Tynwald - the parliament of the Isle of Man - is to be asked to consider a new food industry policy for the island at its June meeting.
The Isle of Man Food Security Strategy has been devised by the Department of Environment, Food and Agriculture and aims to safeguard the island's food industry over the coming years.
Minister for environment, food and agriculture Phil Gawne will present the document to Tynwald next month, asking them to accept it and therefore secure the safety of the sector for the next 20 to 40 years.
The strategy follows a report published by chief scientific adviser to the UK government Professor Sir John Beddington, entitled Foresight, Future of Food and Farming, which highlighted concerns that could affect the food industry in the near future, such as environmental changes and rising prices.
With population and demand both increasing, crops need greater attention to ensure they can substantially feed livestock, as well as people.
Mr Gawne explained: "We face global challenges which mean we need to think differently about our relationship with food. We need to produce more food without damaging the natural resources we all depend upon. We need to feed more people the world over, many of whom want or need a better diet. And we need to do this is the light of the increasing challenge of climate change."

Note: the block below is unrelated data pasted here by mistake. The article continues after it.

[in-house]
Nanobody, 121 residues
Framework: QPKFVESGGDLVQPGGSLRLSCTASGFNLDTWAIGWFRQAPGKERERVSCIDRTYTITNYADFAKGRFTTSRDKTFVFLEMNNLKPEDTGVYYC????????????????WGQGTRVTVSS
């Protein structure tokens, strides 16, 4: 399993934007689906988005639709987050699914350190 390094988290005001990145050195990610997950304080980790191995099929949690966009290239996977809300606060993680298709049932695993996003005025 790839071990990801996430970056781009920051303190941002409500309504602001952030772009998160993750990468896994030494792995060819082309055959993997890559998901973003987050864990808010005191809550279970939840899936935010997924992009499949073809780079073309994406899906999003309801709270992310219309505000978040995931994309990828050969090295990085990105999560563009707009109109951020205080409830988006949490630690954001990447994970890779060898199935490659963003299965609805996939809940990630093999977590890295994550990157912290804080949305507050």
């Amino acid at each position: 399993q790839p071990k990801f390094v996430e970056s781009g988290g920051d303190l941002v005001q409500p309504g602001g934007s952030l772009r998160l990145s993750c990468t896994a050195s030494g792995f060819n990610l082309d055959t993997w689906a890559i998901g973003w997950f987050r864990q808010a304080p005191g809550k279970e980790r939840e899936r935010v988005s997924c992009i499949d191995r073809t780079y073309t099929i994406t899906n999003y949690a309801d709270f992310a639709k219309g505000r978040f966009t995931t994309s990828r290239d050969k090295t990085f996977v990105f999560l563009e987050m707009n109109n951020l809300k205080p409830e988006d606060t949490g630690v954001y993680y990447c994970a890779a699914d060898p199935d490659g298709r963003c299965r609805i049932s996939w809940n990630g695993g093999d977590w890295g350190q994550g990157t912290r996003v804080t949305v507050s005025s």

Therefore, the strategy focuses on ways in which such issues could be solved, outlining plans for growing the island's food industry, encouraging exports, improving safety and hygiene procedures and working to reduce high levels of waste.
In addition, the document highlights that more support needs to be offered to local farmers and fishermen, while the supply chain - in particular the transportation of produce to the isle - requires further attention.
It is hoped jobs will be safeguarded thanks to the new strategy too, with 1,200 on the Isle of Man currently employed at fisheries and in the island's agri-food sector.
Overall, these industries contribute in excess of £70 million to the isle's economy.